Other parts of this series:
With the cost of life insurance at an all-time low, you’d think that policy ownership would be hitting record highs—not so say the numbers. According to a 2010 LIMRA survey, life insurance ownership in the United States was at its lowest point in 50 years, and there’s one group where this number is significantly more pronounced than the rest: the middle market.
Big opportunities in the middle
Only 44 percent of the US middle market—defined as the 52 million households with income between $35,000 and $100,000—has life insurance. Insurers with their fingers on the pulse are well aware that even small improvements in their effectiveness in this sector would yield big results. Yet, as life insurers tackle the high cost of distribution and underwriting, their focus is on the mass affluent and affluent markets, leaving the middle market underserved.
How can life insurers best reach this segment?
Most agent-driven, traditional carriers have not undertaken the top-to-bottom value chain realignment required to reach middle-market consumers efficiently and effectively. Some insurers, however, are winning in this market. Take Aflac, Torchmark and Colonial Life. These carriers have found an increasingly compelling channel for reaching middle-market consumers—the workplace. Why? Some 80 percent of employees rate the workplace as a “very important” or “somewhat important” source of personal insurance and savings products. What’s even more encouraging is that 75 percent of those who shop for life insurance in the workplace ultimately decide to buy.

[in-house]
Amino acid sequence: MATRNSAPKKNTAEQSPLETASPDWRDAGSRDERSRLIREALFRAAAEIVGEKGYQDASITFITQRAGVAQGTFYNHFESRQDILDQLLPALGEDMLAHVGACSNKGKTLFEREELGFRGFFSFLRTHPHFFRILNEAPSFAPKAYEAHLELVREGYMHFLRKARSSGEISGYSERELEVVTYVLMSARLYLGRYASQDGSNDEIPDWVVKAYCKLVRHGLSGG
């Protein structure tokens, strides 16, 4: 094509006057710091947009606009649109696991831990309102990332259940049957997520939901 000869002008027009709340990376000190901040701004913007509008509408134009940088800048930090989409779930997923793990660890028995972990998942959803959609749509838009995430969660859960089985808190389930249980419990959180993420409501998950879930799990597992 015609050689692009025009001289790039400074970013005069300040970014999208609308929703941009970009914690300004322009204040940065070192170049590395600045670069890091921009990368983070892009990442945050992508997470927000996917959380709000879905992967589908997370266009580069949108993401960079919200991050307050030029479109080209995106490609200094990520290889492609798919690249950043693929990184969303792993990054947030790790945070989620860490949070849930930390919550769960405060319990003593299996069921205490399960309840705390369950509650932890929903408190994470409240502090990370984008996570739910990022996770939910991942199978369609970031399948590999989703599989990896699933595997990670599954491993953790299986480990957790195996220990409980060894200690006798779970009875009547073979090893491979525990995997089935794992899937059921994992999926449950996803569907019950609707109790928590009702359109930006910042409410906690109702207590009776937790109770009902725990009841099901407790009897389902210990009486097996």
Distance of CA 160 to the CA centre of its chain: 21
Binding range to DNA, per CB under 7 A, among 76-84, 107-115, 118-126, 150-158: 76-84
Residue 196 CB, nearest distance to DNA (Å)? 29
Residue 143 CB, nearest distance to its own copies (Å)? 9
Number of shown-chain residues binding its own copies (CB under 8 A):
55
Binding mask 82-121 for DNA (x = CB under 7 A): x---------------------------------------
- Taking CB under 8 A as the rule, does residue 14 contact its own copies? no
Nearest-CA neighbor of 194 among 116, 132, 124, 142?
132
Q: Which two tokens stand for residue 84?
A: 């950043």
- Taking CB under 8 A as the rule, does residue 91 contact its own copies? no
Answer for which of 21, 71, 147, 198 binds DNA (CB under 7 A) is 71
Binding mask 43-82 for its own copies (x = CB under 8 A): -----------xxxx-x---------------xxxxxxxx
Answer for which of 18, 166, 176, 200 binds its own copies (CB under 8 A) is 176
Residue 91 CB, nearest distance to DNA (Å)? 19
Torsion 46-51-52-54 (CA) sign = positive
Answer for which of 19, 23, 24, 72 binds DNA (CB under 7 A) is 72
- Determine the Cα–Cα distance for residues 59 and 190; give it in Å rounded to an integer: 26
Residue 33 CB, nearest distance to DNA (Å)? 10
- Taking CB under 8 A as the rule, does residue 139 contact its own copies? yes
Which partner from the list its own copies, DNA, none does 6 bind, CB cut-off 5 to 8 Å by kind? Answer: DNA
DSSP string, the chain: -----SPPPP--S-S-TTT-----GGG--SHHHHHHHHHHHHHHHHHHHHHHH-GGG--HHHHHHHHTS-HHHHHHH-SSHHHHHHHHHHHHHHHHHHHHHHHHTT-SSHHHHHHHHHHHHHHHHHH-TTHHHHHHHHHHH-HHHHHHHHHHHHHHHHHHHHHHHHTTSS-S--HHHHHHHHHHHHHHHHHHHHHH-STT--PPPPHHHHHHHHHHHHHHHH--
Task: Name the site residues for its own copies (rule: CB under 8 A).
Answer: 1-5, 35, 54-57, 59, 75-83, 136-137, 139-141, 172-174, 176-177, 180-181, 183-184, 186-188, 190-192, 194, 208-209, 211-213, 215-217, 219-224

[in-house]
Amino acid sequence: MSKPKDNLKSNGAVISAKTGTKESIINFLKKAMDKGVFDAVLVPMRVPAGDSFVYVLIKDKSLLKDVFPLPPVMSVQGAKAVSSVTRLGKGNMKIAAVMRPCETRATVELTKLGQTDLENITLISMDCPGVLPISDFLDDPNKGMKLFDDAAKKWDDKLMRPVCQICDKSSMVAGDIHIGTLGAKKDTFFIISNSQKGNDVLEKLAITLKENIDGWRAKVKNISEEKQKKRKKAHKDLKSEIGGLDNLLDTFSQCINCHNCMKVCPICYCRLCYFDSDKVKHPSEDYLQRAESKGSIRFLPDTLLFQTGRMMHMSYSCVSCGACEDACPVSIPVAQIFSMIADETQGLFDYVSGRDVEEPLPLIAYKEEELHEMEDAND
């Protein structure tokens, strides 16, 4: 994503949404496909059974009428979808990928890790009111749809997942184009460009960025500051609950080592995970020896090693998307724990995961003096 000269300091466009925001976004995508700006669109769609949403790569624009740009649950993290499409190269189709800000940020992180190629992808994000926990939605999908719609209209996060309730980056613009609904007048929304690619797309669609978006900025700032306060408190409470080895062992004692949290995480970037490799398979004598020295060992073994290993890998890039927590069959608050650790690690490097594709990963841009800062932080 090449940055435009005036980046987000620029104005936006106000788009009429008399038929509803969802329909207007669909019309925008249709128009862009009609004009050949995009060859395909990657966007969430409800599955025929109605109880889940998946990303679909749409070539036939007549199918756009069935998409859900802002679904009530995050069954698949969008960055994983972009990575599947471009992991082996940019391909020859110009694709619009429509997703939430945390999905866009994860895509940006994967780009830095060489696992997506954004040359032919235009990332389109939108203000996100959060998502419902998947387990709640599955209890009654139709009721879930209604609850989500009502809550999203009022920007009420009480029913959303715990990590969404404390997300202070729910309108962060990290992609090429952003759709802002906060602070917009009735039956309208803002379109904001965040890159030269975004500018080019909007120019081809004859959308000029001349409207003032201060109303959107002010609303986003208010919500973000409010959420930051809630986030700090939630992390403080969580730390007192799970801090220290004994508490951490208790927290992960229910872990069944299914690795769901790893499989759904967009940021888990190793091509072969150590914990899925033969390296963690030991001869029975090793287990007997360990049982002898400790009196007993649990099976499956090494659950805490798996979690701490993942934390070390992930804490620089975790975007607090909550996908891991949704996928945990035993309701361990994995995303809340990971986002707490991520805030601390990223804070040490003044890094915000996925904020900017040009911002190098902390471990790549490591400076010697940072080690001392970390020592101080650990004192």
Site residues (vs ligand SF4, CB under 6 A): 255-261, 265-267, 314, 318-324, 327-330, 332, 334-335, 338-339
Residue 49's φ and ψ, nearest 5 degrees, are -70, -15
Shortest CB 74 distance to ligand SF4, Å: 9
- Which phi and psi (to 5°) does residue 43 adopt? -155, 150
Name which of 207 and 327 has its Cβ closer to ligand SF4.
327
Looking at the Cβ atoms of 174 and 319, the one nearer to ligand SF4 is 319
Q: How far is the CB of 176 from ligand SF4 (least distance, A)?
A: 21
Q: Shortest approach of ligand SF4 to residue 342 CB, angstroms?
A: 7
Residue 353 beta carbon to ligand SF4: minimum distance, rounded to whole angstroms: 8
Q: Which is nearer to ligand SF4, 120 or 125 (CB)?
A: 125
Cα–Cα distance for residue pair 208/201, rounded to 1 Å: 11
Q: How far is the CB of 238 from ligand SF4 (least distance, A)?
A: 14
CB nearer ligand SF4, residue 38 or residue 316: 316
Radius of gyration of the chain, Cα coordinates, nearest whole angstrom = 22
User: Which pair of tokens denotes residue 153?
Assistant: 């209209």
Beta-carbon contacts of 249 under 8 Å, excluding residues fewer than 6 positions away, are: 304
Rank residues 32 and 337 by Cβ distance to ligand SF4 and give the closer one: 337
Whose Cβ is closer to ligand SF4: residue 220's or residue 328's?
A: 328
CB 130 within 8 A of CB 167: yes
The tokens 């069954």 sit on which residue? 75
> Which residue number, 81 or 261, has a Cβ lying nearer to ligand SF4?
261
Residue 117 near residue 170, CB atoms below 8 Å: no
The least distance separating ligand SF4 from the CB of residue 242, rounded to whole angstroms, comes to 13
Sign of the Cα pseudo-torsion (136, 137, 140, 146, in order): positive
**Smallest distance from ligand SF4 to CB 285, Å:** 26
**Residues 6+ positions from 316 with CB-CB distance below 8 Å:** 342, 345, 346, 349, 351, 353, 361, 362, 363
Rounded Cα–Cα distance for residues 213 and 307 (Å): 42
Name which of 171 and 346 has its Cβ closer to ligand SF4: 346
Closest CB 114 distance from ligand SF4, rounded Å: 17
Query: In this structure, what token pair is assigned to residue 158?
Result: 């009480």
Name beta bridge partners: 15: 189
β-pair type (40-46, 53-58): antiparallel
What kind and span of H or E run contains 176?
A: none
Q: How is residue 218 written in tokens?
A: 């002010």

Clearly, the workplace and the marketplace that’s come to be known as “voluntary benefits”—protection products bought by employees through the workplace at their expense—represent a big opportunity for life insurers, but knowing the dynamics unique to this market will be critical to achieving maximum return on investment. Join me over the next few weeks as I look at what’s on the horizon and what it will take for life insurers to win over the underserved middle market.
To learn more in the meantime, read the full report written by my colleagues Bob Sollmann and Atul Agarwal: